With clinical data only it is impossible to establish which type of lupus nephritis is there, as proteinuria, hematuria and renal nephritis are a common finding in types II, III, IV and V. Therefore, all patients with lupus manifesting signs of kidney disease should be subjected to renal biopsy to identify which type of injury in the glomerulus causes autoantibodies. It is also possible that a patient has more than one class of lupus nephritis simultaneously.

Classes I and II do not usually require specific treatment, however, classes III, IV and V have a worse prognosis and a high risk of terminal renal failure and are usually treated with immunosuppressive drugs. The most common are corticosteroids (cortisone), cyclophosphamide, cyclosporine, mycophenolate mofetil and azathioprine. Untreated patients or those not having good response to drugs inevitably end up needing hemodialysis.


Autoantibodies can also attack the blood cells produced by the bone marrow. The most common is anemia, which occurs not only by the destruction of red blood cells, but also by inhibiting the production in the bone marrow.

Another common hematologic change is a decrease in white blood cells (leukocytes), called leukopenia. The mechanism is the same as anemia, i.e. destruction and inhibition of its production. Following the same reasoning we can find the reduction in the number of platelets, called thrombocytopenia.

When there is drop in the three bloodlines (erythrocytes, leukocytes and platelets) at the same time we call it pancytopenia.

Any of these changes can be fatal, either by severe anemia, infections due to low white blood cell count or spontaneous bleeding due to a drop in platelets. Lymph node and spleen are also common in lupus and can be confused with lymphoma.

Another common problem in lupus is the appearance of thrombosis. The antiphospholipid antibody syndrome is a disease that occurs frequently in patients with lupus and is associated with the formation of multiple thrombi in both the arteries and veins, which can lead to conditions such as stroke, renal infarction, limb ischemia, venous thrombosis of the legs and pulmonary embolism.


Apart from thrombosis occurring with the antiphospholipid antibody syndrome, the autoantibodies of lupus can attack the blood vessels directly, causing what is called vasculitis. Vasculitis can affect any vessel in the body and can injure skin, eyes, brain, kidneys etc.


Lupus can present with neurological and psychiatric syndromes. The neurological injuries occur due to thrombosis and vasculitis, which eventually cause stroke.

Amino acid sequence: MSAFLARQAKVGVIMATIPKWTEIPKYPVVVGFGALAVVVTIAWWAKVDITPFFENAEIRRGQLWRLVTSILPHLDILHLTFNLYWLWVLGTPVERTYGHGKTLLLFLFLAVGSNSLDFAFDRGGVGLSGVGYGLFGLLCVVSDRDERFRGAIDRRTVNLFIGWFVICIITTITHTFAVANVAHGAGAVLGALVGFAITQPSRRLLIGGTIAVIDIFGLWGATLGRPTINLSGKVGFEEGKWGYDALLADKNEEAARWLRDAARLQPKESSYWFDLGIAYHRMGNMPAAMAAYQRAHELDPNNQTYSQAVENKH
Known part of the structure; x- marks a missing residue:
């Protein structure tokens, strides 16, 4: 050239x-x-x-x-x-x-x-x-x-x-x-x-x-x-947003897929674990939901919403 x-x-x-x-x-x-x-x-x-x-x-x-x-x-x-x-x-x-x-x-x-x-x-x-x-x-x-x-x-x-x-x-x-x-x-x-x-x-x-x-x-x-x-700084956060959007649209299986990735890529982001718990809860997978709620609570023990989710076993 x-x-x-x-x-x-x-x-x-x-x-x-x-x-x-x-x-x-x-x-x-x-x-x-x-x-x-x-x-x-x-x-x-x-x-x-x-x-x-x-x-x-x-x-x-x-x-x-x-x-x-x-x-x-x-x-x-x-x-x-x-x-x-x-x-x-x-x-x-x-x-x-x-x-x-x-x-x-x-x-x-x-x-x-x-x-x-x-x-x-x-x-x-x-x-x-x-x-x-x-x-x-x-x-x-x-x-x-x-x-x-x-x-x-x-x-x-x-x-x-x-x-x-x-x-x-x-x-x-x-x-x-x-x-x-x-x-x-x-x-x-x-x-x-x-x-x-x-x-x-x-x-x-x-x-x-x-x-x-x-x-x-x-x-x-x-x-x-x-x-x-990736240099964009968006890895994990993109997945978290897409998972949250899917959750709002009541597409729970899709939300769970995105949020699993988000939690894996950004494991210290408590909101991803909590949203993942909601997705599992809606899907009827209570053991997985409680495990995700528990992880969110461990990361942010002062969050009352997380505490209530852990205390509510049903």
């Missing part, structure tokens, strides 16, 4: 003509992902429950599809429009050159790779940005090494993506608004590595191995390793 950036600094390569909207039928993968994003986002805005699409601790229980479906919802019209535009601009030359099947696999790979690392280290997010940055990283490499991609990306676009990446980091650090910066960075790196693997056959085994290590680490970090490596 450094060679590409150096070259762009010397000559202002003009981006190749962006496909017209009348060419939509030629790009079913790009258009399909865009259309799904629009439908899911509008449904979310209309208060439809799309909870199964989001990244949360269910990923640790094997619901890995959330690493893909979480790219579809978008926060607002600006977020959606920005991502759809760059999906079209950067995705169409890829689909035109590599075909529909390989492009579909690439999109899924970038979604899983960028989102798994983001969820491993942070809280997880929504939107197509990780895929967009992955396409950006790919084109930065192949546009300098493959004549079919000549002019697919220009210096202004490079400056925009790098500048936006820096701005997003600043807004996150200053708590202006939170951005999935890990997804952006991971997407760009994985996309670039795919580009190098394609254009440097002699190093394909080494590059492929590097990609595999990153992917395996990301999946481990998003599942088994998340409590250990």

Psychiatric disorders can also occur due to lupus. The most common are psychosis, where the patient starts having bizarre thoughts and hallucinations, and dementia, with progressive loss of memory and ability to perform simple tasks.


Virtually any organ can be affected by lupus antibodies. Pericardial effusion and pleural effusion (water in the pleura and pericardium) are common findings. Affections of the gastrointestinal system, lungs, heart attacks, heart valve lesions and pancreatitis may also occur.

Other findings very prevalent in lupus are tiredness (fatigue), unintentional weight loss and constant low-grade fever.

Diagnosis of lupus

The diagnosis of lupus is made by clinical findings and determination of antibodies in the blood. The principal is the ANA (antinuclear antibodies), the antibody against proteins of the cell nucleus.

ANA is almost always present in cases of systemic lupus, but can also occur in other autoimmune diseases such as hypothyroidism of Hashimoto, rheumatoid arthritis, scleroderma, etc.

The ANA, however, may possibly be positive in normal people. Therefore, their presence does not necessarily confirm the disease, but their absence rule out the diagnosis of lupus almost 100%. The cases of isolated discoid lupus, without systemic involvement, are the exception and cannot have positive ANA antibody. The presence of two other antibodies is closely associated with systemic lupus: Anti-Sm and anti-DNA (ds). The presence of typical symptoms, positive ANA and one of these two antibodies closes the diagnosis of lupus.

Treatment of lupus

Lupus is usually treated with corticosteroids, chloroquine and anti-inflammatory drugs. More severe cases require heavier drugs such as cyclophosphamide, mycophenolate mofetil, azathioprine and corticosteroids in very high doses.

In 2011 a drug called Belimumab (Benysta) was approved for lupus. This drug is a synthetic antibody against B lymphocytes, the cells that produce defense autoantibodies of lupus. The Belimumab may be used in conjunction with existing drugs and appears to reduce the disease activity and the number of relapses. However, it is important to note that studies with this drug did not include patients who have used cyclophosphamide previously or have neurological or renal damage in lupus. This means that the drug has only been tested in patients with milder cases of the disease. Another result of the studies showed that the drug was much less effective in patients of African descent, not seeming to be a good option for this ethnic group.

In very severe cases, such as vasculitis with diffuse pulmonary hemorrhage, neurological damage etc, you may need treatment with plasmapheresis to reduce the number of circulating autoantibodies.

Patients with lupus can switch phases of crisis and remission stages. Some patients can stay years without symptoms. Some factors favor the reactivation of the disease in patients in remission, they are:
  • Exposure to the sun
  • Physical or mental stress
  • Pregnancy
  • Infections
  • Cigarettes
  • Interruption of treatment